Ordinarily, Red Saviour would never consider tackling a building infested with Devouring Earth plants without substantial backup. The malevolent flora had a knack for rendering a victim insensate while they tore the flesh with thorny hands. More than once, she’d been on the receiving end of a fist that felt like a log, while colors swam before her eyes.

However, this infestation seemed minor. These plant creatures were smaller than the Devouring Earth foes she was accustomed to facing. Throwing caution to the wind, she pushed the quaking building supervisor aside and entered the office building. Once inside, a NO SMOKING sign reminded her of her nausea, and the ameliorating effect of cheap American menthol cigarettes.

“Smooth,” she mumbled, tapping one out of the pack as she studied the plant traces in the outer lobby. Houseplants growing out of their pots, but not yet to the ceiling: the Devourers had only been here for a few hours. She lit up with a pack of matches from her and Mosca’s favorite Spanish restaurant, El Delfin.

For a moment, she considered calling Mosca for help. His firebombs took a terrible toll on the leafy, wooden creatures. But the look on his face would be kind, eager to help…and she couldn’t stand for that. She was Commissar, and she could not show weakness to an underling, even her husband. Not on the battlefield.

Besides, she’d been sick before, and never let it prevent her from patrolling. Whether it required decongestants, vile pink bismuth-laden stomach medicine, or painkillers, duty forbid bed rest. This latest stomach virus proved to be persistent, but no worse than anything else she’d suffered.

Natalya cracked her neck, squared her shoulders, and walked into the lobby. Her stomach lurched as she reached the threshold, so she stopped for another puff. The minty smoke loosened her up for a moment. She made a smoke ring and blew it…

… right into the horrific caricature of a human face on a six foot tall mushroom.

The Fungoid uttered what she would have sworn was a tiny, child-like cough. Beady black eyes studied her, narrowing in hatred. She wondered if they recognized her. She’d certainly dispatched enough of them back to mother Earth.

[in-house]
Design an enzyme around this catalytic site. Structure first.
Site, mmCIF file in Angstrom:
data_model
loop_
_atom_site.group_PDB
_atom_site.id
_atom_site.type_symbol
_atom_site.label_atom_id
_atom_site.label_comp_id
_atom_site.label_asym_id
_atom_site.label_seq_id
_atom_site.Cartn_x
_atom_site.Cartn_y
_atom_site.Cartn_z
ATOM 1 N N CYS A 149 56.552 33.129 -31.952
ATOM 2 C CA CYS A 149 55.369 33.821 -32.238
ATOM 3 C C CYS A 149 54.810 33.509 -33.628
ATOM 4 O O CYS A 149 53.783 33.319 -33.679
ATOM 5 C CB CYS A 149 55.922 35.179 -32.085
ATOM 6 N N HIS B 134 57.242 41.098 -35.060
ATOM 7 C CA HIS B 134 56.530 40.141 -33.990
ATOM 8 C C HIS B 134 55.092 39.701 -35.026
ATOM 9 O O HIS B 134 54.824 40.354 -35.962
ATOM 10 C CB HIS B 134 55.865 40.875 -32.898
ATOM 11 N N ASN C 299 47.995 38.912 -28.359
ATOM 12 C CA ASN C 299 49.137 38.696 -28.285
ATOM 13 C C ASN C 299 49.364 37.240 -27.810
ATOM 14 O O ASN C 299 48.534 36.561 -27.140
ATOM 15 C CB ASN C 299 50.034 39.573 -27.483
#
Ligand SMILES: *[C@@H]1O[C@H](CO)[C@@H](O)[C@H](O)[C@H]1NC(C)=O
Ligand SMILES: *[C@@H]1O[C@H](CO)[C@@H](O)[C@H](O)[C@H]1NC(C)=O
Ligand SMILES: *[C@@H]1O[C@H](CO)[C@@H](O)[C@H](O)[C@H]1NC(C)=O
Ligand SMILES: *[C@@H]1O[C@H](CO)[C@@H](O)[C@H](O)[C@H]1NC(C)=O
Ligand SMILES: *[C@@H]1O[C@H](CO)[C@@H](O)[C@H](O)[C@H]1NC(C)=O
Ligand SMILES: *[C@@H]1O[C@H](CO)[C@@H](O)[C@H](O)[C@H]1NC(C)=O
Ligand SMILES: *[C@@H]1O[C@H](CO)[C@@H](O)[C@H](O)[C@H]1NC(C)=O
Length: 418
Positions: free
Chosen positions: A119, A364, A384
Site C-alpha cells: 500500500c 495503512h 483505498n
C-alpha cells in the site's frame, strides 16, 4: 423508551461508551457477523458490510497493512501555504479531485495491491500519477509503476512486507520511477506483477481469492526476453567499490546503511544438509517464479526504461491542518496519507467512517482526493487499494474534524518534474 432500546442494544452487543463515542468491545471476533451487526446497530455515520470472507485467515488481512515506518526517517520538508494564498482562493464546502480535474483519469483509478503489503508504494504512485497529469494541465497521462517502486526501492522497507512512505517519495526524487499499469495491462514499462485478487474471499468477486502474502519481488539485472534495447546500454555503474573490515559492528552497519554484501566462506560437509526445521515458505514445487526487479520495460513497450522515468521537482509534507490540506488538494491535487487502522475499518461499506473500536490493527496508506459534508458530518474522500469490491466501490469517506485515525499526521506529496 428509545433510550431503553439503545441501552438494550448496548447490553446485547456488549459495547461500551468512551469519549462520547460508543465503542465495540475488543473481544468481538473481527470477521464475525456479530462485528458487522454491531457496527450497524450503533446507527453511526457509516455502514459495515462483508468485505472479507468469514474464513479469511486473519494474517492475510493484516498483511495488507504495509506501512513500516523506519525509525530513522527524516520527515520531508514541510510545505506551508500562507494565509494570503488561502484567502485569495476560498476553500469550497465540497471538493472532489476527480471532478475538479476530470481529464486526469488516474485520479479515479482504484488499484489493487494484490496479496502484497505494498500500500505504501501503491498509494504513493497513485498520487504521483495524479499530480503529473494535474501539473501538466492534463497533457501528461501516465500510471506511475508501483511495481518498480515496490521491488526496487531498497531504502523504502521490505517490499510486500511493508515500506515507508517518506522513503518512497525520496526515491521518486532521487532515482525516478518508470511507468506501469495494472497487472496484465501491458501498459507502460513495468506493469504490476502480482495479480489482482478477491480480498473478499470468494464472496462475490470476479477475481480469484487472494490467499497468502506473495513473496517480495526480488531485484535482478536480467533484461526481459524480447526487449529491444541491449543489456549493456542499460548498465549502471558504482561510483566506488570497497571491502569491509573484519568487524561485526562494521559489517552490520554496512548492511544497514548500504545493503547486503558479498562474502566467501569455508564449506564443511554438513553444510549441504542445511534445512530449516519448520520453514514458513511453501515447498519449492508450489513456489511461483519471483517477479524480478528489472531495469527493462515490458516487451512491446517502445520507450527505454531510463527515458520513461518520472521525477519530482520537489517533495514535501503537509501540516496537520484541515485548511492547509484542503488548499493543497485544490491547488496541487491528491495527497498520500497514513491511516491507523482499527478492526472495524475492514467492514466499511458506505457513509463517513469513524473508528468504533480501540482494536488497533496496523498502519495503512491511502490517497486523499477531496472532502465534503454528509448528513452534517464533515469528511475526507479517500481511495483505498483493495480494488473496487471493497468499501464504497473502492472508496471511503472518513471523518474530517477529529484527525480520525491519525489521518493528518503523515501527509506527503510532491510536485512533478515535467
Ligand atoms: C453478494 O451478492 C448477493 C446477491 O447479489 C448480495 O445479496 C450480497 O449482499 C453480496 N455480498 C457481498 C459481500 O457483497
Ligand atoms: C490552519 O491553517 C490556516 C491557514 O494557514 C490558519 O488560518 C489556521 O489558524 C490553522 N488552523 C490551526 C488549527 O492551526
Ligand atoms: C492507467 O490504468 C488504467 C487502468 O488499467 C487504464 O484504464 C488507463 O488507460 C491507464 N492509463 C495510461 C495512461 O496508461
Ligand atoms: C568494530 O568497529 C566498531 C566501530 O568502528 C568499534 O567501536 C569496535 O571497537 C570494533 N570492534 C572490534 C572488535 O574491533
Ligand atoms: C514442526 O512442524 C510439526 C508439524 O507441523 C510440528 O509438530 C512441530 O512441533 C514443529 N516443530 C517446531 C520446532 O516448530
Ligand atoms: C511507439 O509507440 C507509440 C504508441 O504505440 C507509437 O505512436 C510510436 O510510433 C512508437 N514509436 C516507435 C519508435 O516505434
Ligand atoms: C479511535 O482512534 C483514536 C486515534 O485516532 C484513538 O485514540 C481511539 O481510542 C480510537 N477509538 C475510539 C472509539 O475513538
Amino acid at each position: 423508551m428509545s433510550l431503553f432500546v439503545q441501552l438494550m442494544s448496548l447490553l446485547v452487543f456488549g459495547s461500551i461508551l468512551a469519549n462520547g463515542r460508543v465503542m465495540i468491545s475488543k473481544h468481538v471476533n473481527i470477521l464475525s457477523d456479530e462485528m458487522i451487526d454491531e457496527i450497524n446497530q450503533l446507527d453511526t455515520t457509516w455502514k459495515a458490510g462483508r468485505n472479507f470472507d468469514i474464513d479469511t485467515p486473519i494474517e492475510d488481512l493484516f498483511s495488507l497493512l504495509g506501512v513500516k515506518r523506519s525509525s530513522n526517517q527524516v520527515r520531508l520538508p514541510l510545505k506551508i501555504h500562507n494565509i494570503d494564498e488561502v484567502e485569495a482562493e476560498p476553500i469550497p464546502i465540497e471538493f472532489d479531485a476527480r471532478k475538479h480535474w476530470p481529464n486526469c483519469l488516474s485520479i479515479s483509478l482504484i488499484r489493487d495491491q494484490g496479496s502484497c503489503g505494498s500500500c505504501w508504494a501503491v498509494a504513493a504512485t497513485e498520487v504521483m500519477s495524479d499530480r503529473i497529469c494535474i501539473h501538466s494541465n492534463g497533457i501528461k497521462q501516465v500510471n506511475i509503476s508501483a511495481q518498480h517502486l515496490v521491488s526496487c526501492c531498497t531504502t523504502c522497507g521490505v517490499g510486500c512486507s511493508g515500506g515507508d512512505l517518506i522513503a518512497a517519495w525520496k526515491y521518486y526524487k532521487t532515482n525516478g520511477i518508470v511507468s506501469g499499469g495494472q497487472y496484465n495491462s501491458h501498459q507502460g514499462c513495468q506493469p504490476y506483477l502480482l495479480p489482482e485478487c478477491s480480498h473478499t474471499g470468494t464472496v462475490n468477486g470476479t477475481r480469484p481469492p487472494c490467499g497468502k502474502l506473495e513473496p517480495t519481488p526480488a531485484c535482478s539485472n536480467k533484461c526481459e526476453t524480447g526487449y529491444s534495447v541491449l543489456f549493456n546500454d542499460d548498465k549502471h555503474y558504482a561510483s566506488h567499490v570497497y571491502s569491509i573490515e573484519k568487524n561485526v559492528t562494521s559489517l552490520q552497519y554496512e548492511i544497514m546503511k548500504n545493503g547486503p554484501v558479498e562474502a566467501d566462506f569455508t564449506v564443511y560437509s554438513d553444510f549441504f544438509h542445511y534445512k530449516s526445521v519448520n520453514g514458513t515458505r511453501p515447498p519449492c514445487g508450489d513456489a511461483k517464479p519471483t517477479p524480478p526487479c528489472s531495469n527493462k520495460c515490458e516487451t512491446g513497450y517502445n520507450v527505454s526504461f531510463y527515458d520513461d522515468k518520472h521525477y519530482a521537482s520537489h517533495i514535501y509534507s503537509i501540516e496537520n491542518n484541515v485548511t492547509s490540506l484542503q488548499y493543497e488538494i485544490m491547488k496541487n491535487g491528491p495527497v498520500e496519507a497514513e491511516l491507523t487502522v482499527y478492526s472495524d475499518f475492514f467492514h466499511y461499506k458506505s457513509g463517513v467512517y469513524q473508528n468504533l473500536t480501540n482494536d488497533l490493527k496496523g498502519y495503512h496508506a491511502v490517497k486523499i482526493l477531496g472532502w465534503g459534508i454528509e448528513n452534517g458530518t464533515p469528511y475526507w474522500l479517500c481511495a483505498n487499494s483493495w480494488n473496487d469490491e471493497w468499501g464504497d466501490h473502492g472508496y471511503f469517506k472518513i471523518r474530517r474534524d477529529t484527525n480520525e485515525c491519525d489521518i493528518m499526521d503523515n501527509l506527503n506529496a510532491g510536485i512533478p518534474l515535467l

It opened a jagged slit under its eyes and emitted a shrill scream. The other dozen or so giant plant monsters, and a rock beast, jerked up at the alert. They echoed the Fungoid before lumbering forward.

Red Saviour stepped back, avoiding a potent swipe from the fungus creature’s claws. She took another drag on the cigarette.

“Let us have party, comrade plants,” she said. “Come to Natalya. I bring shovel.”

The creatures pressed together, trying to fit into the corridor at once. Red Saviour danced out of the way of flung thorns, clouds of vile spores, and pieces of the floor. The Devouring Earth packed themselves into the corridor tighter and tighter.

She ground out the cigarette on an outstretched stony paw. “Horosho. I am ready now.”

She summoned the magic energies that coursed through her, but envisioned a plug, damning them up. The energies strained for release. The pressure brought pain and pleasure at once, almost (though she would never admit it to anyone) like a sexual climax.

“Boom!” she yelled at them, and opened the channels for the magic energies all at once. The explosion shredded the creatures before her like a lawnmower. The walls buckled and collapsed. Furniture bounced across the room as if a tornado had touched down. Behind her, the glass doors to the building shattered. Frightened office workers peeked in at the destruction.

“Who’s going to pay for that?” the building supervisor called to her.

“Shto? You don’t have giant plant monster insurance? Is nyet my problem. I can leave if you wish.” She lit another cigarette and checked for survivors. A walking tree, shorn of limbs, attempted to rise. She kicked the head off.

“No! It’s fine. Please, ma’am, go ahead and do what you have to.” The Amerikantski cringed out of view.

Natalya wiped her nose, irritated by the spores in the air. The explosion had cleared the lobby of plant monsters, rock monsters… couches… tables… desks, paintings, lamps. The piles of rubble and plant matter resembled an overgrown landfill.

“One floor clear, five to go. Then lunch.”

Her communicator buzzed. It was Belladonna Aura.

“Hi Nat!” She already allowed her new friend to call her Nat. “The new recruit is here. Althea Nagy. I just picked her up from the Russian Consul.”

“Russian Consul? She had escort?” Red Saviour pursed her lips at this. A sign pointed to the elevators, down a dark hallway.

“She did, some old guy. Weird, huh? Anyway, I am going to get her settled in.”

“The great upyr hunter, eh? Nyet, Bella. Show her how to use locator on comm. Unit and send her to me. I will introduce her to gardening techniques.”

The communicator turned Bella’s breathy chuckle into bursts of white noise. “Devouring Earth again?”

“Da, da. They seem to favor law offices. I question whether I should intervene, but I am already here.”

She heard voices in English, distant, as Bella delivered the orders. “Okay, she’s on her way, chief.”

“Horosho. I sit and wait.” She upended a couch and settled in. The spores irritated her nose, and now made her stomach hurt. She cursed her weakness.


The upyr hunter took fifteen minutes to arrive. When she did, she panted heavily. Sweat ran down her face. She didn’t meet Red Saviour’s eye, but rather snapped into a sorry imitation of a salute.